How could this be? If AR is working; and we all know it is not about antlers, right, it is about the B
ratio to help breeding, the Age structure that is said also to help breeding and having more bucks around to do the left over breeding. One might ask. What left over breeding? Well lets just call it the breeding of the fawns. I know it sounds silly to stress our young Doe fawns over winter with the burden of producing fawns but that was part of the plan on how to have more with less.
Low be it me to suggest it is silly to force fawns to reproduce before there body is developed enough and they barely have enough weight to make the winter by then self. But who cares they don't give us antlers. Right?
We all know that it is ok to burden a 6 or 8 month old female but it is a sin to allow a 1.5 year old male to mate because it could affect his rack size the next year.
Any way it seems that there has been no improvement in deer health from before AR to last season. ( this year's is not on the street)
I used 1999 because it is the oldest on the PGC page I used to look it up. It represents before AR but not before some HR took place. Seems fair to use because it shows more of any effect or lack of effect of AR vice HR/AR.
I used 2011 because it is the latest and greatest.
So here it is back in 99 according to the data we had 91% of our adult females bred and 29% of our fawns bred.
Remember the D:B ratio was just on the low side of 3:1 ( <3:1 ) and we had many more yearling buck as part of our harvest. 3:1 is considers poor so we were just north of having a poor ratio. Not to mention it has been said that the age structure was skewed toward younger buck. That is said to be a bad thing especially for breeding purposes. Seems like we needed AR to fix this problem, at least that is what was being said and still is being held onto as a reason we needed AR.
Jump to the present and it is now 2011 when we check the data to see how far we have come in our progress. According to the data we had 89% of our adult Doe bred and 24% of our female fawns bred.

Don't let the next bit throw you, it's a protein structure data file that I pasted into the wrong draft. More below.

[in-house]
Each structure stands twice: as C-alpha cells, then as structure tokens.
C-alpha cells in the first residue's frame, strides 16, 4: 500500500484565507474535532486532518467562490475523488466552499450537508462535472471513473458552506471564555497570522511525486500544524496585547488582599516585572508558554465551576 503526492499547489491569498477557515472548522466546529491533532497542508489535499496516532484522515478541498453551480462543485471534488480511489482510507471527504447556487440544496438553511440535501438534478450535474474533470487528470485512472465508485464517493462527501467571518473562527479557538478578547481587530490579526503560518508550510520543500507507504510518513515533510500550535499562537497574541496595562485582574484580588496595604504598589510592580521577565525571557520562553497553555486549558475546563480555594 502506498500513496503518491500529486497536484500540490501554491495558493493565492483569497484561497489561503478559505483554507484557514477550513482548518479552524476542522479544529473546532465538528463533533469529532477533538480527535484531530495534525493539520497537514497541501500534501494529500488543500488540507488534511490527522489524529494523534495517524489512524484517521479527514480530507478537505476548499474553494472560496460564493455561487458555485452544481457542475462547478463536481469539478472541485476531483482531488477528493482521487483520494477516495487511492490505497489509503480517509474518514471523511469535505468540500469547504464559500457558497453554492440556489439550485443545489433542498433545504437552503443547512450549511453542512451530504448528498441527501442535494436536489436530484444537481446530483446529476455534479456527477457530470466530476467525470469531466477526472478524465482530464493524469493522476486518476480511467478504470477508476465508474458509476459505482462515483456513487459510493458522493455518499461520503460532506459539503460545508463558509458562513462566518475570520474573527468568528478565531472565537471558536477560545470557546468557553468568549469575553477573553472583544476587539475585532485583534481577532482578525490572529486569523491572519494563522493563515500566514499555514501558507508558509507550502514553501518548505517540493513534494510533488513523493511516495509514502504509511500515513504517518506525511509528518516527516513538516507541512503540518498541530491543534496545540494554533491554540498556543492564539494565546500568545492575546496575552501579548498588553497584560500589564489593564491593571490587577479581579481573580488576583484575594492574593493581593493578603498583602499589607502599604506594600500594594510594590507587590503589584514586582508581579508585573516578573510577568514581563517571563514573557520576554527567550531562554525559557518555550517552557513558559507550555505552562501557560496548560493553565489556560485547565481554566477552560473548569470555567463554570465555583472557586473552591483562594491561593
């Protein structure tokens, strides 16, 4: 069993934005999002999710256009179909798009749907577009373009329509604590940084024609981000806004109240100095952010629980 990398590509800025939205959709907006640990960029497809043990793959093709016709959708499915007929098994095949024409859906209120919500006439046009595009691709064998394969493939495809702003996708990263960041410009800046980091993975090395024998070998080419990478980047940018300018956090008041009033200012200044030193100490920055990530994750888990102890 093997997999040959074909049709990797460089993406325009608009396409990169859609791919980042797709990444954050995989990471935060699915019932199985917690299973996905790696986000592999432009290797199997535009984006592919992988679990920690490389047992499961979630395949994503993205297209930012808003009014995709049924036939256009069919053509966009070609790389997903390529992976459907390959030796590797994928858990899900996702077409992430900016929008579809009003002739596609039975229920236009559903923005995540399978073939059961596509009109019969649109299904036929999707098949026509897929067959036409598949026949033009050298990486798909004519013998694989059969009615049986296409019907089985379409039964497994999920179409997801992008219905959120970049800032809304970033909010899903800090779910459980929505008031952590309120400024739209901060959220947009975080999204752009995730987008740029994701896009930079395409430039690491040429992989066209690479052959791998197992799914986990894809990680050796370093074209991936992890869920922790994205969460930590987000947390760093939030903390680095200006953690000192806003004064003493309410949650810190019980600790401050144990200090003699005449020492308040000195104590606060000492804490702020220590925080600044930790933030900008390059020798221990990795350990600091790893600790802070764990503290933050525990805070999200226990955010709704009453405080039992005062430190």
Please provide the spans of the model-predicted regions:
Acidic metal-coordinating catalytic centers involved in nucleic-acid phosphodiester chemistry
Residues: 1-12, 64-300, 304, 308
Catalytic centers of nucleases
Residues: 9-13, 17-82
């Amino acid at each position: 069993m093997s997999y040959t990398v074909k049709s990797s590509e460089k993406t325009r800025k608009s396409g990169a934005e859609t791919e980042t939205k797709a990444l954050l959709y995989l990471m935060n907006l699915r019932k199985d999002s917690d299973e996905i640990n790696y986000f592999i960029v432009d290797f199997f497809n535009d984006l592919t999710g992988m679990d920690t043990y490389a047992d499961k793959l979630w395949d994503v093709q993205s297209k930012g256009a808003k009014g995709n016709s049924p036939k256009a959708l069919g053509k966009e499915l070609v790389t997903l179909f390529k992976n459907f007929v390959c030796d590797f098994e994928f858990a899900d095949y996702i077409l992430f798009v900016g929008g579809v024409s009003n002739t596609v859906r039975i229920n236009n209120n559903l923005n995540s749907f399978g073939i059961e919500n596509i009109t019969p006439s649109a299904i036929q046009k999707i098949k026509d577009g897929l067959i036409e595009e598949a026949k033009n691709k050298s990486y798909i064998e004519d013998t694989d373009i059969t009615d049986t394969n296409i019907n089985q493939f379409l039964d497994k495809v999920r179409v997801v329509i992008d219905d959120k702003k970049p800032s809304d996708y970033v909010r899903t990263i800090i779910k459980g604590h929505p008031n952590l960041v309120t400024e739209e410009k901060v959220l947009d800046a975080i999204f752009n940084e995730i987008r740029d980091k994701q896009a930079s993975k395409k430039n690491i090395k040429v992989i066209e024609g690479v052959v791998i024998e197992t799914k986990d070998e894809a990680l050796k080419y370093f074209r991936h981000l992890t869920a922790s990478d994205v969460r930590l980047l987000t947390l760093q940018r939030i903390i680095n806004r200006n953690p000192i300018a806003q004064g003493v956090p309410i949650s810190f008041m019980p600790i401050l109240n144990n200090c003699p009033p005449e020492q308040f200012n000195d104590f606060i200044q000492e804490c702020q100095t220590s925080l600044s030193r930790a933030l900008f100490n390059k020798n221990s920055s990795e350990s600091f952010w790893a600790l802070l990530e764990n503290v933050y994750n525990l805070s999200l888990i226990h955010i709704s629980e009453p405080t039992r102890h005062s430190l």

One could say it is not progress it is regress. I say it is a stalemate. No change.
So keeping antler size out of it. What has AR done for the health of the herd?
99- Pregnant fawns averaged 1.30 embryos each. Where pregnant adults averaged 1.79 embryos each.
11- Pregnant fawns averaged 1.20 embryos each. The pregnant adults averaged 1.75 embryos each.
Again it looks like a stalemate. Or IMHO AR still did nothing.
Now the kicker. When barren females are included into the mix it seems we have lost some ground. It seems there were more barren females in the sample from 2011 than from 99. That is it seems that way unless someone can explain away the resulting net loss in embryos per female in both age classes and in all age classes collectively.
It would suggest that the additional "saved" bucks are not getting the job done no matter the slight increase in age. Don't believe me. Look it up it is on the PGC web site. Need a link just ask. Waugh!
WCOs provided usable reproductive data from 1,703 females examined during the 1999 prefawning season.
The 1999 sample was 3% smaller than in 1998. Twenty-nine percent of the fawns, 87% of yearlings, and
91% of the adults were pregnant. Pregnant fawns averaged 1.30 embryos/doe, pregnant yearlings 1.74
file:///C|/Game/pgc/reports/wildlife_rep/99wmar/21001-99.htm (2 of 17) [10/29/2003 11:18:59 AM]
Estimating County Deer Population Sizes & Growth Rates
embryos/doe, and pregnant adults 1.79 embryos/doe. The average reproductive rates for pregnant and barren
fawns, yearlings, and adults were 0.37, 1.51, and 1.63 embryos/doe, respectively. The average reproductive
rate for all females was 1.06 embryos/doe.
Pennsylvania Game Commission (PGC) personnel examined 917 females during the 2010 pre-fawning season. Five hundred and forty-three were pregnant. Twenty-four percent of
the fawns, and 89% of the adults were pregnant or lactating. Pregnant fawns averaged 1.20 embryos/female. Pregnant adults averaged 1.75 embryos/female. The average reproductive rates for pregnant and barren fawns and adults were 0.28 and 1.53 embryos/female, respectively. The average reproductive rate for all females was 0.99 embryos/doe (Table 1).